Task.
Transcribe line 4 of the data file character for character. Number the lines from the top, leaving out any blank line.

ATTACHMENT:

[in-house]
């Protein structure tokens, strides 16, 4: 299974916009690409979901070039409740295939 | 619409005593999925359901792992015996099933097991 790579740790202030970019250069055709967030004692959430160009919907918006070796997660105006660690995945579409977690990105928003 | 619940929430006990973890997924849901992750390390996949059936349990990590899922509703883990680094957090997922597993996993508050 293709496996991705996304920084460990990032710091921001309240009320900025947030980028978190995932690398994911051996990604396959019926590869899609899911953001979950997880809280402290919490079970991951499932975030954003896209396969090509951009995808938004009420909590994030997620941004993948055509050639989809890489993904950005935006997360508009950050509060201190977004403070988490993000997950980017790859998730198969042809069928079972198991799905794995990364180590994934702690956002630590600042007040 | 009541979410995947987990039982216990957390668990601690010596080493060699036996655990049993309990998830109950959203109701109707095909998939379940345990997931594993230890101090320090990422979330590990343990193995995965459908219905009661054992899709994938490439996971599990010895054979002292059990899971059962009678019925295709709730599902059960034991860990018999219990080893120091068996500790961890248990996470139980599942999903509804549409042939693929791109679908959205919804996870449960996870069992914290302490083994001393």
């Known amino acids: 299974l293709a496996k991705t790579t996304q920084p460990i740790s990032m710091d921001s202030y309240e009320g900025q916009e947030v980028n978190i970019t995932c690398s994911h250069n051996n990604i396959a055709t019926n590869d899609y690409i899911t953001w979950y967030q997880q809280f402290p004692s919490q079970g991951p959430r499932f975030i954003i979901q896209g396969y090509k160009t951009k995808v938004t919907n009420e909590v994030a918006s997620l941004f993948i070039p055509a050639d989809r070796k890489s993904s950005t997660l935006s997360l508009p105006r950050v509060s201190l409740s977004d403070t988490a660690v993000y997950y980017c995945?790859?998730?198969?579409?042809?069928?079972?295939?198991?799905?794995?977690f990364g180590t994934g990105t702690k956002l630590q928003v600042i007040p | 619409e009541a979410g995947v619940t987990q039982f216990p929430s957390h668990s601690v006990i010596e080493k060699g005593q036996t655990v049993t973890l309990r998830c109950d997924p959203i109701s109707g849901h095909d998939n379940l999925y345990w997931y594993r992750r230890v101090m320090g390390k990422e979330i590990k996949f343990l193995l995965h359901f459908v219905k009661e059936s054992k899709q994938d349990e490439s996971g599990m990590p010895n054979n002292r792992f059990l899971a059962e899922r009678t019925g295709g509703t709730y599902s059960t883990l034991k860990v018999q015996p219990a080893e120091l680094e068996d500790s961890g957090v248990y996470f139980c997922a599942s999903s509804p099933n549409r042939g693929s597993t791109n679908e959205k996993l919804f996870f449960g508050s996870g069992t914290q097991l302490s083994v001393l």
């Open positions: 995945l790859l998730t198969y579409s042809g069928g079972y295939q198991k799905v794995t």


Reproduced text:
């Open positions: 995945l790859l998730t198969y579409s042809g069928g079972y295939q198991k799905v794995t």